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Print surface preparation

Last updated 2 months ago
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Before you start printing, you should know that various materials have different adhesions on various surfaces. It is crucial to pick the right steel sheet for your printer and prepare its surface properly. This article is about the most common types of print surfaces and how to prepare them for printing.

To kick it off with a quick (and most common) example: PETG filament has great adhesion to a clean, degreased, smooth PEI sheet, making it extremely hard to remove. Removing the print often leads to peeling off the PEI surface and irreversible damage to the sheet. This is why we recommend using another type of steel sheet or adding PVA glue as a separation layer on the print surface.

Steel sheet damaged by a PETG print

Choosing the right print sheet

We offer 4 types of spring steel sheets, each has a different surface finish that leaves not only a specific texture on your print but also supports a variety of materials that can be printed on it.

Here’s a guidepost that provides the most information about the maintenance and properties of our three most common print sheets. Plus, here’s an article about our special PA Nylon steel sheet.

The best way to identify whether your sheet is suitable for the chosen material is by checking our Material table. If there’s a green check mark matching the selected sheet and material, you can simply degrease the print surface and you’re good to go. If there’s an exclamation mark, a separation layer of some sort is needed (see below). Failing to use the separation layer may lead to damaging your sheet!

Cleaning the print surface

This is an easy, yet crucial step you should perform before (almost) every print. We already described this in the 3D printing handbook and several other places but here’s a quick reminder:

Grease stains (fingerprints, etc.) often cause poor surface adhesion and, eventually, a print failure. To degrease the print sheet, spray some isopropyl alcohol (90% or stronger) or denatured ethyl alcohol on the cold print surface and wipe it with an unscented paper towel. Do not use any products for skin care: they usually contain oils that ruin adhesion!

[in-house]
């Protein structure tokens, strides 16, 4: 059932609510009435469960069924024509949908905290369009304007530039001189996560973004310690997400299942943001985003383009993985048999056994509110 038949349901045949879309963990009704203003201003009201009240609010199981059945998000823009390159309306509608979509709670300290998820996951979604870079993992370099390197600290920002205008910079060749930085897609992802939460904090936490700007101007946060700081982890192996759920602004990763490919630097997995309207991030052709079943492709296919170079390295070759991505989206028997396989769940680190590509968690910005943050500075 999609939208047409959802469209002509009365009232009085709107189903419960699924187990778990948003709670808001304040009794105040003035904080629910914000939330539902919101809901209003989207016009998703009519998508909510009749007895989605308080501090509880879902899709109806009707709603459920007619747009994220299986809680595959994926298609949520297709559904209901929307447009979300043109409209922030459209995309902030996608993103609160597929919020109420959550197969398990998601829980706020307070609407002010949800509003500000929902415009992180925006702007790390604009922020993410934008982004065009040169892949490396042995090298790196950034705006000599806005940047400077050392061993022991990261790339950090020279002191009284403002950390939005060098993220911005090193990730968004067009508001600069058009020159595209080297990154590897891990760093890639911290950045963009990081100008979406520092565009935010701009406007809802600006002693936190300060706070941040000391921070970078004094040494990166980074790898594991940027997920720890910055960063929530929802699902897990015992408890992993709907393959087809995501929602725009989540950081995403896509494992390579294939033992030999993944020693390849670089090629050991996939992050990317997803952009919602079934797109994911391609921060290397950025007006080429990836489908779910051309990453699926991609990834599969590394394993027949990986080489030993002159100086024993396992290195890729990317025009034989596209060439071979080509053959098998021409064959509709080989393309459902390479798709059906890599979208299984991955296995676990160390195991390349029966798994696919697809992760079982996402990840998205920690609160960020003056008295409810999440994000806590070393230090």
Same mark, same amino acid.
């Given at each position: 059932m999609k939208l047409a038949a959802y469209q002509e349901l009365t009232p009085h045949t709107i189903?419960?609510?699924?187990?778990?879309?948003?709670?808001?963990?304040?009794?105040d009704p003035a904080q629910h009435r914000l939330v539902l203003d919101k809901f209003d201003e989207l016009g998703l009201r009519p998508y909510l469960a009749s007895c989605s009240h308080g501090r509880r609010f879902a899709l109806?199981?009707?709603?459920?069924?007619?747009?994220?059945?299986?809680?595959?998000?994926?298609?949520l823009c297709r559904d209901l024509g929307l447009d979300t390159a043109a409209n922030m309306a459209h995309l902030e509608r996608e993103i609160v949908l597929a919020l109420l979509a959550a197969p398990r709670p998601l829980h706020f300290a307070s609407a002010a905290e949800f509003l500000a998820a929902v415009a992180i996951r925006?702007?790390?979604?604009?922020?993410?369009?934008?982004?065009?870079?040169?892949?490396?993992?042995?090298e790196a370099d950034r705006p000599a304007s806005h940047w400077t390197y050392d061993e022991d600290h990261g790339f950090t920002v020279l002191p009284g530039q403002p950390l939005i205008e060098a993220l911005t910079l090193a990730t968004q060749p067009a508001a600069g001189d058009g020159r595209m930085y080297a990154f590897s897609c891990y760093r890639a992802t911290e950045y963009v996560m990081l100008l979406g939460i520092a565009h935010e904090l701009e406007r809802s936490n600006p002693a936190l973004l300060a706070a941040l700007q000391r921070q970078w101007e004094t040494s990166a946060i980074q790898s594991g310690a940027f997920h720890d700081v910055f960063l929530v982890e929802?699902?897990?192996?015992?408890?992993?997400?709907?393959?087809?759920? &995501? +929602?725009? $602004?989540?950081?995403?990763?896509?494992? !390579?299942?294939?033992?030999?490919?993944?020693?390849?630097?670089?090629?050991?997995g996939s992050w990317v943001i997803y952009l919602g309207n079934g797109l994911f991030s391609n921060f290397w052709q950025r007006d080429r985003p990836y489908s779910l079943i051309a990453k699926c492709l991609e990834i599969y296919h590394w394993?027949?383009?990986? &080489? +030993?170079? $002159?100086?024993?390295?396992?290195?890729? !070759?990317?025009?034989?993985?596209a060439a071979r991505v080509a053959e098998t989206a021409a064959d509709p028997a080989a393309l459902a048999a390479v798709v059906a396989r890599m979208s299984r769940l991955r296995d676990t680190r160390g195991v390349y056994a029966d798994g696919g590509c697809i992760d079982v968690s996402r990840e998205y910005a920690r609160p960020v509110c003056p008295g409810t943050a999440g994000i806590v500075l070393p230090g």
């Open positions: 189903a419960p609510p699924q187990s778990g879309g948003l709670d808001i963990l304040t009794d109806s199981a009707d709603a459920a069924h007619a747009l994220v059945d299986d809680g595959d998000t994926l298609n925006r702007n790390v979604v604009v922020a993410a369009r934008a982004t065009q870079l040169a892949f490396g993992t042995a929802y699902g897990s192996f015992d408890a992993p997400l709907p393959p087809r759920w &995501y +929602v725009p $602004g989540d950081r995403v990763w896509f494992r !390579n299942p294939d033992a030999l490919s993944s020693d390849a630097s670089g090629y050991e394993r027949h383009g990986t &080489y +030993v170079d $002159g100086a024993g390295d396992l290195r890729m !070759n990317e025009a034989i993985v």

There are some more specific rules for long-term sheet maintenance and you should definitely learn these but it reaches beyond this article’s purpose. Don’t forget to go through the steel sheet guidepost. Keep in mind that the special PA Nylon sheet has very different and highly specific rules for maintenance.

Alright, the print surface is clean, now the final checklist (see the material table):

  1. Green check mark: Good to go!
  2. Yellow exclamation mark: Use a separation layer (see below).
  3. Red X: Do not print! The chosen material may damage your print sheet!

Using the most common separation layers

You may find various separation (or adhesive) layer materials on the market, some of those even in our e-shop. Every material has its benefits, but describing every single one of them is beyond the scope of this article. If you check our material table, you’ll find out that it all comes down to two most common separation layers: PVA glue stick and PP tape.

PVA (paper) glue is usually sold in the form of sticks that make the application easier. Usually, only a thin layer of glue is enough. Spreading a thick layer may leave various unsightly traces, bumps, and artifacts that will be imprinted onto your 3D print’s surface. However, if you want to print a mechanical part, where good looks are not as important as functionality and reliability, making the layer slightly thicker won’t hurt. Also, the PVA glue melts at relatively low temperatures, so we suggest applying it on a cold surface to avoid making an extra thick layer.

Tip: If you use the smooth print sheet, use the grid to guess the print size and position, then spread the glue only under the 3D print. You don’t need to spread the glue all over the whole sheet.

PVA glue separation layer, 3D printed PETG parts, and marks left after removing the print. Note that these marks are normal as they are only on a PVA glue layer and not on the print sheet surface. These marks disappear with the glue after washing.

Finally, the PP tape. You will most likely not use it, since it’s recommended only for printing PP (Polypropylene), which is quite rare material to print. However, you may decide to use some other tape - kapton tape, for example. For the best adhesion, it is recommended to use in combination with a smooth sheet, no matter which tape you are going to choose. The tape may leave some glue residuals after removing it from the print sheet surface. Usually, these can be washed with IPA or with water and dishwasher soap, but again, double-check the steel sheet maintenance articles before washing them.

If you decide to use other separation materials or adhesives, don’t forget to check compatibility with our print sheets. For example, ABS juice should not be used in combination with textured or satin sheets.

Removing the print

One last thing: always remove the prints by removing and bending the sheet only after they are cooled down. The print will go off easily without the necessity of using various spatulas, knives, or anything else.

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